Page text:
Guard Jerel McNeal missed five games last season because of injuries incurred during practice.
He and Wesley Matthews collided heads a couple of days before the Big East opener against Providence, forcing the concussed McNeal to miss the game against the Friars. Toward the end of the season he injured his right thumb in practice, sidelining him for the Big East and NCAA tournaments. He later underwent surgery for that one.
McNeal laughed at the suggestion that maybe Tom Crean should take it easy. He's fairly certain his coach would do the same.
"Is it safe? I'm sure if anybody else came in and watched they wouldn't think so," said McNeal, who added that the thumb is 100 percent now. "We go hard at practice day in and day out. There are no easy days, nothing half speed. When we hit the gym we're dead serious and we compete. Guys go hard in practice so games will come easy. We look at things that way.
"Now if Coach thinks maybe we don't need to go so long …"
Perish the thought. The Golden Eagles, and especially McNeal, are more than willing to go talon-to-talon with anyone. McNeal was the Big East Defensive Player of the Year. The 6-foot-3 rising junior takes pride in taking out the other team's top scoring option. He was second in the Big East in steals, ranking 10th nationally with 2.6 per game.
"I've got a good frame for playing defense," McNeal said. "I'm not tall but I have long arms and quick feet. Everything else is mental things - anticipation, thinking about plays that the offense will make before they make them. It's a combination of physical ability and getting inside my opponent's head."
McNeal had six steals in an upset victory at Duke on Nov. 21. It was one of eight games in which he had at least four steals.
Marquette guard Jeral McNeal ranked sixth in the nation in steals per game last year. Here's a look at the top 10 steal averages from 2006-07 among returning players.
McNeal teams with Dominic James and Wesley Matthews to form one of the nation's top backcourts. James was fourth in the Big East in steals and Matthews was 15th. Trying to pass against Marquette is like trying to sneak a hot dog past Joey Chestnut.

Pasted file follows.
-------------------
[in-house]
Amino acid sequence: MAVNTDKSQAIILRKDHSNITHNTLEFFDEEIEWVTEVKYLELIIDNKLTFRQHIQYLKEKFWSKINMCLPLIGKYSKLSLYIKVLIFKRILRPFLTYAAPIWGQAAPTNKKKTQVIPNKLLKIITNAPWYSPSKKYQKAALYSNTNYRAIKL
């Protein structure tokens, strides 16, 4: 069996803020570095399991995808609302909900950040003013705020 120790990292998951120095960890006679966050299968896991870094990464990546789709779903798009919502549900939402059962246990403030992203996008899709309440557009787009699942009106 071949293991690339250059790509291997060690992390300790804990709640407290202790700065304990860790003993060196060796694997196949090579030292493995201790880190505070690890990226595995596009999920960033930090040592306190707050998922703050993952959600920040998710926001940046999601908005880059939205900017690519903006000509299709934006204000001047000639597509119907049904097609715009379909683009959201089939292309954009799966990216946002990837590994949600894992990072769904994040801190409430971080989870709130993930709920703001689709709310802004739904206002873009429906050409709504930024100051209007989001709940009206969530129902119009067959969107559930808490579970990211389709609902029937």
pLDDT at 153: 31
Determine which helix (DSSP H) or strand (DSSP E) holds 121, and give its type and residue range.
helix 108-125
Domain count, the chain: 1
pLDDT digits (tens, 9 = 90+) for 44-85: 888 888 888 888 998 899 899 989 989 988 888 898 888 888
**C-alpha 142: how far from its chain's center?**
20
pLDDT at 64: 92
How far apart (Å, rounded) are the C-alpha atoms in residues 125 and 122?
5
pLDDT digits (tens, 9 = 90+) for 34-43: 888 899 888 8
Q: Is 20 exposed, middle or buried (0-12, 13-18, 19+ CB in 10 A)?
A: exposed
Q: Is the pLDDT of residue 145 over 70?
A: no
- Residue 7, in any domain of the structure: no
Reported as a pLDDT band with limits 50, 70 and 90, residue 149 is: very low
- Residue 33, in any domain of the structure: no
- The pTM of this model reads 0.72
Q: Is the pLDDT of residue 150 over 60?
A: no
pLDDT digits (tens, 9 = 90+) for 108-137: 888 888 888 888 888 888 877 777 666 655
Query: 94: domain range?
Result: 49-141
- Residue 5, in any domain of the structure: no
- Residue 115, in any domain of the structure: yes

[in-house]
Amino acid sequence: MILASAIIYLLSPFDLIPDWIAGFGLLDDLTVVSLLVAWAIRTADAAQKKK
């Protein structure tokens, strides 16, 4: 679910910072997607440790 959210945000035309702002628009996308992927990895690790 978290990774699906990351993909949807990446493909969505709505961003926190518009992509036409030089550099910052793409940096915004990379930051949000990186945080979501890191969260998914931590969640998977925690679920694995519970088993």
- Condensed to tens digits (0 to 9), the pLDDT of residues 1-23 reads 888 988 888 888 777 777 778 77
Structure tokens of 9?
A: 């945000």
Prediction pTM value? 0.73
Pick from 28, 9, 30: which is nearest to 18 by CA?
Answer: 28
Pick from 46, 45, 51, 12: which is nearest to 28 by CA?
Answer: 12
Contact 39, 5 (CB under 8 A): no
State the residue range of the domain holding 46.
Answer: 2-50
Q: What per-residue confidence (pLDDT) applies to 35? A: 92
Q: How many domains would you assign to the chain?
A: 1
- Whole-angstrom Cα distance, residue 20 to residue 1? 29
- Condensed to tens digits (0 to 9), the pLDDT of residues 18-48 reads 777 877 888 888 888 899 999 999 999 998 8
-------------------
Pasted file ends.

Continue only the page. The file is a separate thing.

"I definitely watch a lot of tape," McNeal said. "It's hard for a lot of younger guys to go in and watch a ton of film, but I do and I get into it. I watch the matchup and tendencies, anything that might help me get a steal here or a steal here, make them take a tougher shot. You find things out like that from watching film.
"Another way is picking things up in a game. If a guy makes a move and gets by me, it won't happen twice. I pick things up quickly in a game. The next time he tries it he's gonna have a problem."
Teams were hoping not to have as many problems with the Golden Eagles this season as they did last, when Marquette went 24-10 and reached the NCAA Tournament. James had declared for the NBA Draft, but he pulled out and will return alongside McNeal and Matthews to make the team a contender in the Big East.
"I'm thrilled about it (James' return)," McNeal said. "It's one of those things where either way I'd be happy for him. He's one of my best friends, and it's his lifelong dream (to play in the NBA). He'll get to live out his dream one day.
"But now that he's back our team doesn't take a step back. We basically return everybody. We've got our core guards and some new additions. I'm just excited. I think we'll be a team to contend with. We're so much more mature. We'll be sticking around the top 10 for most of the year."
Indeed, Marquette is ranked 15th in the Rivals.com Preseason Top 25 poll.
At least until practice starts.
Bob McClellan is the college basketball editor for Rivals.com. He can be reached at firstname.lastname@example.org.